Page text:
Copyright · Photography

Copypants Chronicles: First Licensing Case

We’ve recently been reaching out to some of our users, and asking them to recount some of their experiences with Copypants. We’ll be starting a series of posts where users get to describe how they discovered Copypants, and the kinds of cool things we’ve done for them. Introducing Copypants Chronicles.

 

I’ve been a semi professional photographer for 7 years. My main focus is event, landscape, and architecture photography. I recently attended a photography workshop that covered photography and the internet, and how to promote your work online. At the end there was a question period, where one person asked about keeping your images safe from infringement online. They were having trouble preventing infringement after posting their photos online, even after taking all the usual steps. Another audience member stepped in before the speaker could answer and mentioned Copypants. They had been using it to protect their images for 2 months and were experiencing some positive results. I decided to check it out when I got home.

I synced some images from my Facebook account and waited for them to do their magic. There was a message telling me I could leave the page, and they’d send me an email when it was done. That seemed pretty convenient. So I went to finish some other work. Within an hour or so it was finished. Since I synced my Facebook and not my website, and I have the same images on both, they found a lot of matches from my own website, which meant it was working. I imagine if I added my site, they wouldn’t show me those matches.

After searching through my matches for about 10 minutes, I found a match from an image I took while on a trip to San Francisco last year. The website was using the image as a cover photo for a news article. I’ve had my work published for news agencies in the past, but I knew I had not licensed this photo for this article. So of course I wanted them to pay for it.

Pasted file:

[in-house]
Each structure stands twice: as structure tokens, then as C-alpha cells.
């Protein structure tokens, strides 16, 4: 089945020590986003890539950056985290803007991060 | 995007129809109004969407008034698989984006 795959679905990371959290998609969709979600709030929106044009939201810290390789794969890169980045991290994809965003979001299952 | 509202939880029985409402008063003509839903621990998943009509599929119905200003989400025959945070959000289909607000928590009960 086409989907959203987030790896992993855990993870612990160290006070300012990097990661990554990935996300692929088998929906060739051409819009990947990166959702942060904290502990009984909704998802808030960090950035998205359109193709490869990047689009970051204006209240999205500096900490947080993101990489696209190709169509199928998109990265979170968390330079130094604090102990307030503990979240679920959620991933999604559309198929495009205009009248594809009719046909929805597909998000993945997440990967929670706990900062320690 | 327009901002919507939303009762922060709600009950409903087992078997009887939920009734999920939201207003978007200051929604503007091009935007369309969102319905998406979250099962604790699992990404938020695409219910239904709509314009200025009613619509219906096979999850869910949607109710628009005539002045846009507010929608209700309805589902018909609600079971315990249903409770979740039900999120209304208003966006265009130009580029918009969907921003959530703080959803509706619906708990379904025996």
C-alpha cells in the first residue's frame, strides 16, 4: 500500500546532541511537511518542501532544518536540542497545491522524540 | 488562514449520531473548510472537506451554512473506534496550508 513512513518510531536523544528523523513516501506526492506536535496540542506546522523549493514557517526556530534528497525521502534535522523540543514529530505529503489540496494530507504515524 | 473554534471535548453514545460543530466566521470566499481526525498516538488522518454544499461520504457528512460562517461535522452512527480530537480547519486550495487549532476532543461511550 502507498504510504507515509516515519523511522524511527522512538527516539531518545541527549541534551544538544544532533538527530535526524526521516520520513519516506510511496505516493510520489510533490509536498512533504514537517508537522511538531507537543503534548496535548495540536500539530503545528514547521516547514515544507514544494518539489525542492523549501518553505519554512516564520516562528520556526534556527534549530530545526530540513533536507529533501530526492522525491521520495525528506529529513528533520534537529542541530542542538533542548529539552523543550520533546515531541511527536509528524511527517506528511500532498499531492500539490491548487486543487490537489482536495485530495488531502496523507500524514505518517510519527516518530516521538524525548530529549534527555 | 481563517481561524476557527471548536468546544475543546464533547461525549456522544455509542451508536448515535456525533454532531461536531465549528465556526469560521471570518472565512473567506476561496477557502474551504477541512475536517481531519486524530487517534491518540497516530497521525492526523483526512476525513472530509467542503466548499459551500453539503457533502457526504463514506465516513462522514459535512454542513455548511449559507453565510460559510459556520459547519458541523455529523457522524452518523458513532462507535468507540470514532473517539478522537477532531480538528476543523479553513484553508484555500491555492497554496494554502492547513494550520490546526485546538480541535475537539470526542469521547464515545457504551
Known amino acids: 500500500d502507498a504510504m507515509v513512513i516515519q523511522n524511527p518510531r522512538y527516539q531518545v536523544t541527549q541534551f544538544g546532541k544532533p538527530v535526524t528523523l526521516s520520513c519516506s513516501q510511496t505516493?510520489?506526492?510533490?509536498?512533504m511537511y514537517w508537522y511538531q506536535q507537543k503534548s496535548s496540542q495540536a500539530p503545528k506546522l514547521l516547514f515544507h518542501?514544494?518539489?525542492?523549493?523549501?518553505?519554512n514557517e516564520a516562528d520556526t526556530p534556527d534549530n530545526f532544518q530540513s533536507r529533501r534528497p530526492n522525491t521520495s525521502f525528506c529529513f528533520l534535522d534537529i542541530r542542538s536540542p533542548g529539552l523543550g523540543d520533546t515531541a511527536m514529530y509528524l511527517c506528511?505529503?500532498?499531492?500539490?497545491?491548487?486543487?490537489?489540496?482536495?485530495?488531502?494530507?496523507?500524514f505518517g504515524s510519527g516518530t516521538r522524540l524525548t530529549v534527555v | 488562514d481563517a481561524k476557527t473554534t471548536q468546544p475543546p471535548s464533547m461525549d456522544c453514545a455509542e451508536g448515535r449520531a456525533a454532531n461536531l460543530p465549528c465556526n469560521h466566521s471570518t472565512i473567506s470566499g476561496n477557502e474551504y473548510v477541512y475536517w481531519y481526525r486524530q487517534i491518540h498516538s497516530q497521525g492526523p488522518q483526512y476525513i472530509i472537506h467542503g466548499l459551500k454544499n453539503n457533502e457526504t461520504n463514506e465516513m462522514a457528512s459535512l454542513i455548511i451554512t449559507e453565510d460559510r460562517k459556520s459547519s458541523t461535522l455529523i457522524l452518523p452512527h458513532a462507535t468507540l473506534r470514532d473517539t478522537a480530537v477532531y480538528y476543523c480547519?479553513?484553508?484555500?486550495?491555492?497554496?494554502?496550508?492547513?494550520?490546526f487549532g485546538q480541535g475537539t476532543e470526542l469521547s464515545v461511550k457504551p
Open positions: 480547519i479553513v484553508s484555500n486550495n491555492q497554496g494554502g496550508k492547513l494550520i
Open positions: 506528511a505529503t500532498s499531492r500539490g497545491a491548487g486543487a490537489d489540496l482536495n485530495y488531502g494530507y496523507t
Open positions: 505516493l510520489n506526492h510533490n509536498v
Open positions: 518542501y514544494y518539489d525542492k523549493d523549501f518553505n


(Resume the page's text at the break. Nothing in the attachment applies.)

I hit the license action and received a pop-up asking how much I wanted to charge. They suggested $25, but I usually charge more. I put in $75 just to see if it would work. They then asked the date that I originally published the image, if I had previously licensed the image, and for how much. After that, I only had to check off a couple boxes and hit send.

I didn’t hear much for about a week, but in the meantime they found a few more of my images on websites that had not asked permission. I was curious to see what they could find with the rest of my portfolio, so I signed up for a Growth account. A couple days after subscribing, a user support agent reached out to me thanking me for signing up, and congratulated me on closing the licensing case I opened. I must have missed the notification, but a couple days earlier the site that I sent a licensing request to had paid the fee! $75USD! I was pretty happy to say the least, the app had just paid for itself. After sorting out some details with my bank information, the money was deposited directly into my bank account!

My experience with Copypants has been great! I’ve been recommending it to all of my friends and colleagues.

 

If you would like to share your Copypants experience, please contact nick@copypants.com with the subject line “Copypants Chronicles”. 

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3 thoughts on “Copypants Chronicles: First Licensing Case

  1. Why should thieves be charged a TINY license fee? I don’t license for under $900 for up to one year. 4x the amount if they remove my metadata and credit.

    Like

    1. Hi there Elle! License fees are set at the creator’s discretion. Our suggestions are based on the size of their image being used, the traffic that the infringing page receives, and the site’s Alexa ranking. This particular site did not rank very high, which is why the suggested fee may be considered low.

      Since then, creators have closed cases through Copypants for thousands of dollars!

      Like

      1. Does it cost any money to open a case or only after you collect?
        It’s not clear on your site.
        Also what if I want to collect but want the infringer to cease using the image?

        I don’t feel a thief should be rewarded with future use of a photo.

        Like

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